[For example, earth] manifests from jala, and, in the same way, you must find out jala, you must find out agni, you must find out vāyu, [and] ākāśa. And, in the same way, you must find out where is śakti, wherefrom śakti has risen. In the end, you will find Śiva. 

Yānti nilayam, by this process, [the elements] become dissolved in one another.

JAGDISH: Is this śāktopāya, sir?

SWAMIJI: It will be śāktopāya and āṇavopāya also, because there is so much, so much botheration. As long as botheration is concerned, it is śāktopāya and āṇavopāya. It can’t be śāmbhavopāya. Wherever there is botheration, it is either śāktopāya or āṇavopāya. Without botheration is śāmbhavopāya. And total negation of botheration is anupāya.190. That is found in the second āhnika of the Tantrāloka.

JAGDISH: So, “tattvāni” here are the thirty-six elements?

SWAMIJI: Tattvāni, thirty-six elements.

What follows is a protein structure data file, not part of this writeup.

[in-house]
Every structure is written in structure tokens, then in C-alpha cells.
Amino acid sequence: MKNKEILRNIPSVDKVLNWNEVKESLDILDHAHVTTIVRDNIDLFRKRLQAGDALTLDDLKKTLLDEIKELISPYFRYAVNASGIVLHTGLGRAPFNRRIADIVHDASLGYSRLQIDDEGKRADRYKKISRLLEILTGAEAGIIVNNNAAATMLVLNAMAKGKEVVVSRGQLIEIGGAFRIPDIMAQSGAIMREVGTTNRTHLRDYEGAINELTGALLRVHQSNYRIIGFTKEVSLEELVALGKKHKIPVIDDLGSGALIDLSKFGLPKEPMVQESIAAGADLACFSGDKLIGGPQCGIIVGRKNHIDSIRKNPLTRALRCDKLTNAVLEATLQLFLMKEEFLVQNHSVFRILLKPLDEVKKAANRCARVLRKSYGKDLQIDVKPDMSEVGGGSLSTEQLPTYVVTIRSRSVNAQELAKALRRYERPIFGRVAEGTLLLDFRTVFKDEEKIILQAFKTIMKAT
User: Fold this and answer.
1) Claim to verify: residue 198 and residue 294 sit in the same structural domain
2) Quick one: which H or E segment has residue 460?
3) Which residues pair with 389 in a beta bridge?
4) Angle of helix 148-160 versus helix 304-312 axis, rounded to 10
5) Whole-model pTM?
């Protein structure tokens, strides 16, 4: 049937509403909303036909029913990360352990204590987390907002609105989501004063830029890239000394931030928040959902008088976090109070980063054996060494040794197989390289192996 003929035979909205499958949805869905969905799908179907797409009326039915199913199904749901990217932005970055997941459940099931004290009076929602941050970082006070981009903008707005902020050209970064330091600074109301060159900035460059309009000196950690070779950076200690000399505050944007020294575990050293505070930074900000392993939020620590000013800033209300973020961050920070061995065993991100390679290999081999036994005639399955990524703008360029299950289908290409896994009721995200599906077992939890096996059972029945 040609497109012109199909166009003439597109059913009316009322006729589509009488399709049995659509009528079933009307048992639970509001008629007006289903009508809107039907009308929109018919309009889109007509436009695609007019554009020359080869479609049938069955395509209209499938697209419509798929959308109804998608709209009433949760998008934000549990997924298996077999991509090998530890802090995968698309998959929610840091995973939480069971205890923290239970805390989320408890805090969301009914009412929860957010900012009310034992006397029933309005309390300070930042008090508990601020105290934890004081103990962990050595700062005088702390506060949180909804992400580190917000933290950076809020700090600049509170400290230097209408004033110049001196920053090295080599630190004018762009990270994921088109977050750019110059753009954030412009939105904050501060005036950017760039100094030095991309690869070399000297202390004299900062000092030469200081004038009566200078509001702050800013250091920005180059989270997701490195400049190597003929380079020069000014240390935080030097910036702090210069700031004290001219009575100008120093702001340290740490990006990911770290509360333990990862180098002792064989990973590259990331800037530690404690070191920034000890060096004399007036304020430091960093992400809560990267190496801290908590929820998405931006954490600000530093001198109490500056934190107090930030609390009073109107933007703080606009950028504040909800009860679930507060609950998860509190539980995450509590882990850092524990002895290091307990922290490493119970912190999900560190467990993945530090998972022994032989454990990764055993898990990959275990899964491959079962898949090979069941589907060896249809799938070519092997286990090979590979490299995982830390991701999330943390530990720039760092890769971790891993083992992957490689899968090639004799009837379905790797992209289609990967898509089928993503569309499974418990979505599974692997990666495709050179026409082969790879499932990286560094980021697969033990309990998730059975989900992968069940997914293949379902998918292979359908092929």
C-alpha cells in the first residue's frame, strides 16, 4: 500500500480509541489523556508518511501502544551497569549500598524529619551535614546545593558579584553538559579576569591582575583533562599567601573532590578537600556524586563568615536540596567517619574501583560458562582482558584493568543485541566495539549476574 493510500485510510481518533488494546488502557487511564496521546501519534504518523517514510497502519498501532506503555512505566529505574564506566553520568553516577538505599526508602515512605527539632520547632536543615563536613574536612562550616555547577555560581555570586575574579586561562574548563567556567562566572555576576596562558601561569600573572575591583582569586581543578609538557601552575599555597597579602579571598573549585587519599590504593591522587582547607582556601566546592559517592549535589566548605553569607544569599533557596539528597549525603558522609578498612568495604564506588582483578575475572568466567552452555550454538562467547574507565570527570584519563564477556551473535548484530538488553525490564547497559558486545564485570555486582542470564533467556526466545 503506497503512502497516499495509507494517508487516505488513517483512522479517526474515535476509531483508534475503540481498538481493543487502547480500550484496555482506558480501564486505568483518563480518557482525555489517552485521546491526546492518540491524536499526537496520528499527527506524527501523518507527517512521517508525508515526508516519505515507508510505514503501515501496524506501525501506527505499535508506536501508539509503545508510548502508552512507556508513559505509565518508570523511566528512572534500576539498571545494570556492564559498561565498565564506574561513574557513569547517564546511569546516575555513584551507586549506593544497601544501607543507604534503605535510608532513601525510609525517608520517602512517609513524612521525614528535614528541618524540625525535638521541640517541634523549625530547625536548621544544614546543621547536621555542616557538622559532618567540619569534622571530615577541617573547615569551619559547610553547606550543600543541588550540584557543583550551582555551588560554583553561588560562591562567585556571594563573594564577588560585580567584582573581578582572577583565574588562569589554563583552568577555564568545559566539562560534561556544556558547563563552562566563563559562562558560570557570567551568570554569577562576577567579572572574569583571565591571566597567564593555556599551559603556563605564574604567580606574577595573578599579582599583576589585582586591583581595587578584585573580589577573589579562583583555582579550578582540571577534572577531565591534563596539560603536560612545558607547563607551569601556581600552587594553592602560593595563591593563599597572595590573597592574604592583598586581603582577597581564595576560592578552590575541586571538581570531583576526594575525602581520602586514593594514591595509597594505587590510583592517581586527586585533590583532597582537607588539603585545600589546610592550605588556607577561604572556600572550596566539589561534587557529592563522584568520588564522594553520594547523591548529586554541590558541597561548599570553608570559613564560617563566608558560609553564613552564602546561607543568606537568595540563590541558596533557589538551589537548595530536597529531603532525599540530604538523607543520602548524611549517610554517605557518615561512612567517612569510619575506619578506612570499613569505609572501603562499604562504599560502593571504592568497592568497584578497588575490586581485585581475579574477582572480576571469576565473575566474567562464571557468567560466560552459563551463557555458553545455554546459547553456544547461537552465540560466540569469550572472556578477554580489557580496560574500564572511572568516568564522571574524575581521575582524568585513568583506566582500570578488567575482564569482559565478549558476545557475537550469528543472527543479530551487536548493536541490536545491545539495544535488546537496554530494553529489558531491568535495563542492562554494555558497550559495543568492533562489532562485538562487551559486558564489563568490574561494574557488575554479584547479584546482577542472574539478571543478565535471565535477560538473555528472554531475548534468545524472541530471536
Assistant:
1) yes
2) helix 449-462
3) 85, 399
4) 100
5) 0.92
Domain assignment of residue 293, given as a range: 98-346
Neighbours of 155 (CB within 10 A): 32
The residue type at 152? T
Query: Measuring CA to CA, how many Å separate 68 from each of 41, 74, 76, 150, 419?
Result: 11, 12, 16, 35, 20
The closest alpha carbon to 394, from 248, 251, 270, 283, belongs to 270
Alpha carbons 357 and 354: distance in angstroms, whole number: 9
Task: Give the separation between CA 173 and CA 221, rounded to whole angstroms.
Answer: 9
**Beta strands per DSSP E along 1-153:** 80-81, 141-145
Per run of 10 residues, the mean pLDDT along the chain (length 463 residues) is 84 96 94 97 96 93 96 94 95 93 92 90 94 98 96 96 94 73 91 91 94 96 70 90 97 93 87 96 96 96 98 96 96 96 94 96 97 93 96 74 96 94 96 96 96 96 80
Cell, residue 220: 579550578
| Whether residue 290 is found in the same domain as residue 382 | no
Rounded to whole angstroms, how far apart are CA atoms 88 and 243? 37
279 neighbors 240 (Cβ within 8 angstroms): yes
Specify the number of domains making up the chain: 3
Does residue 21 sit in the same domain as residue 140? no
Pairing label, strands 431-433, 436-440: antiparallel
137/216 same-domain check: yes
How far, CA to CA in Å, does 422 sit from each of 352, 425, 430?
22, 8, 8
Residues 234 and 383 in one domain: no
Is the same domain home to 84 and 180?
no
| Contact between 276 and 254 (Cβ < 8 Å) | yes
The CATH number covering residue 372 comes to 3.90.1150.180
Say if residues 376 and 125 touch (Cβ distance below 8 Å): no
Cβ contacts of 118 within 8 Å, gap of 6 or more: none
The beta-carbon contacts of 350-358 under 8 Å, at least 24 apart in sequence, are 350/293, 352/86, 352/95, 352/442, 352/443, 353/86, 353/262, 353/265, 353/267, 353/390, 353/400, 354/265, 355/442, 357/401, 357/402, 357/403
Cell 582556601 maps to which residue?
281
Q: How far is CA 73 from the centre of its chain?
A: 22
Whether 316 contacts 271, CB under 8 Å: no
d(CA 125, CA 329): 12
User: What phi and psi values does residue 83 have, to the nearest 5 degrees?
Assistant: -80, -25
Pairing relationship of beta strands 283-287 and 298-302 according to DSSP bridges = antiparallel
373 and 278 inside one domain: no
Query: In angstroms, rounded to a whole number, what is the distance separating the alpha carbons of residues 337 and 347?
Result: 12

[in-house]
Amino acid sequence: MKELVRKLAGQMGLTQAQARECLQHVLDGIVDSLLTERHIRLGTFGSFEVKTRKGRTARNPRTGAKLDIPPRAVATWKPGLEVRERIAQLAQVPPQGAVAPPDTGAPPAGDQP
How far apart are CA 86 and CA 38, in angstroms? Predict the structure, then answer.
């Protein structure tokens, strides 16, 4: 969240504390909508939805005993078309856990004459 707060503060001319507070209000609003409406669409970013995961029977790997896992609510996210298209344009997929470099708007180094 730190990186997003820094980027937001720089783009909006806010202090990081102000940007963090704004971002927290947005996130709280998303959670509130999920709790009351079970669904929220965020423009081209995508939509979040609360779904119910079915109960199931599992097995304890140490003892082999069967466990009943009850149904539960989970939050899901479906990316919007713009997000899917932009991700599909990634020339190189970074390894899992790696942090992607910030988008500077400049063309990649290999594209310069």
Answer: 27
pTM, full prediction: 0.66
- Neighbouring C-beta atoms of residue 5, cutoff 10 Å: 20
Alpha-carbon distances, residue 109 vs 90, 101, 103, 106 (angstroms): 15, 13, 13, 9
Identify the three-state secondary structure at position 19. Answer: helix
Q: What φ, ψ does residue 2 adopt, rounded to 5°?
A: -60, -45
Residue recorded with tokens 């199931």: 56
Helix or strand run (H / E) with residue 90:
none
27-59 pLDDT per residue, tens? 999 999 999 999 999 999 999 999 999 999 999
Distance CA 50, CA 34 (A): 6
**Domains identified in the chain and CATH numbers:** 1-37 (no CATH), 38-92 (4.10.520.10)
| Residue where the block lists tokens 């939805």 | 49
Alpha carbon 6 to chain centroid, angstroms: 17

JAGDISH: Not the five states of the individual?

SWAMIJI: No, no, no, that is incorrect. I saw that written in that. It is [written that] the five states of the individual, i.e., jāgrat, svapna, suṣupti, etc.? No, that is not [correct]. 

_____________

* “The word “upāya” in Kashmir Shaivism is used to indicate the means to enter into Universal God Consciousness from individual consciousness. . . . It is important to realize that though there are different upāyas, all lead you to the state of one transcendental consciousness. The difference in these upāyas is that āṇavopāya will carry you in a long way, śāktopāya in a shorter way, and śāmbhavopāya in the shortest way. Although the ways are different, the point to be achieved is one.” Kashmir Shaivism–The Secret Supreme, Swami Lakshmanjoo, ed. John Hughes, (Universal Shaiva Fellowship). 

183 Here Swamiji preferred yānti instead of yāni, and commented that the word “yānti makes it very clear.” Vijñāna Bhairava, additional audio (USF archives).

184 Svadehe.

185 World.

186 Water.

187 Wind or air.

188 Ether or space.

189 The elements are listed in ascending order from the grossest to the subtlest, from the effect to its cause. Check out our online course on the 36 elements, Tattvas; The building blocks of creation in Kashmir Shaivism.

190 Lit., “no means”.

Source: Manual for Self Realization: 112 Meditations of the Vijnana Bhairava Tantra, by Swami Lakshmanjoo